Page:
A 13-year-old boy from Pingree Grove was in critical condition after his older brother ran him over by mistake Monday night in a "car surfing" accident, authorities said.
The accident happened around 9 p.m. on the 1800 block of Lake Bluff Lane in an undeveloped subdivision, as a 16-year-old boy drove a household member's car while his younger brother lay on top of the hood, Pingree Grove Police Chief Carol Lussky said.
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The driver braked sharply, which caused his younger brother to slide off the hood and hit his head on the ground, as the car came to a stop on his chest, Lussky said. The driver then backed up the car to help his brother and flagged someone for help to call 911, she said.
The Pingree Grove Fire Department responded to a call at 9:01 p.m. and found the 13-year-old, who was conscious, on the ground with multiple injuries, said Bill Misner, the department's EMS coordinator. They put him on a backboard, placed a collar on his neck and moved him to the ambulance, where they gave him advanced life support care, he said.
Due to the severity of the boy's injuries, a Flight for Life helicopter out of McHenry was called to assist, Misner said. The helicopter arrived at 9:33 p.m. and flew the boy to Advocate Lutheran General Hospital in Park Ridge.
Authorities didn't know the boy's condition Tuesday.
"I tried to get a hold of Lutheran General today. I'm assuming he's probably got multiple surgeries today," Misner said. Lussky also said she didn't have any information about his condition.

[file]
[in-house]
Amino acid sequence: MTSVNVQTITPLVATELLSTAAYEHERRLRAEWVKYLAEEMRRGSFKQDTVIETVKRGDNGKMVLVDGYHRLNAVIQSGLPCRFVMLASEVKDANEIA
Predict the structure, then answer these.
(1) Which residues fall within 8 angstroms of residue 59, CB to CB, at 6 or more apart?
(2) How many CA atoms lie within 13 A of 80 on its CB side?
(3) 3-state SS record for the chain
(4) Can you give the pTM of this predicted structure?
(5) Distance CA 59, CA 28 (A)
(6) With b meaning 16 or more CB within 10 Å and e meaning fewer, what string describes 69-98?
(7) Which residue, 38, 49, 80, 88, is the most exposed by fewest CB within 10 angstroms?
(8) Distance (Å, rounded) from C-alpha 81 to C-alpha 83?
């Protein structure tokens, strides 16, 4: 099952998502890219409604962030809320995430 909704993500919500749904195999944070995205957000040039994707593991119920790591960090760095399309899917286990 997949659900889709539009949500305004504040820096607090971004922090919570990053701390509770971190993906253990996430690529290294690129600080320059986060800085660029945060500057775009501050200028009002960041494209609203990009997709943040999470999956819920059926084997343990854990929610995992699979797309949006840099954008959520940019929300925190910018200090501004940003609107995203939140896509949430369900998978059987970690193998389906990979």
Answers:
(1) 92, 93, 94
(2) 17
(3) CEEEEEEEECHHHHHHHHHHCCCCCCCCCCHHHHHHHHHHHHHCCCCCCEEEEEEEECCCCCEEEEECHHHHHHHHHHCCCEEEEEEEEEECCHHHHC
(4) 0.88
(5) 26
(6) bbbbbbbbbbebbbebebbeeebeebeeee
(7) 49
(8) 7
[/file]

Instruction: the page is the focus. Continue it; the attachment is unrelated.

Authorities are not releasing either boy's names because they are juveniles. They live about two blocks from the site of the accident, Lussky said. The 16-year-old driver did not have a license but had a valid learner's permit, Lussky said. No other people were present at the time of the accident, she said.
The investigation is continuing and charges are pending, Lussky said.
"We want to wait and see the status of his brother. If he recovers, that's wonderful, and it will minimize the charges. If he passes away, it's more serious," she said. "We're holding off until we know what develops. (The 16-year-old) is unlicensed, so at a minimum there is that."
The tragic accident was about kids goofing off, Lussky said. "I think it's kids being kids. But with the existence of YouTube, they get exposed to so many things they want to go try."
According to a 2008 analysis by the Centers for Disease Control and Prevention, from 1990 to 2008 there were 58 reports of deaths and 41 reports of nonfatal injuries due to car-surfing throughout the country. The data was based on an analysis of newspaper reports. Seventy percent of the injuries were among males, and 69 percent among 15- to 19-year-olds, the CDC states.
Car: Charges depend on how boy does in hospital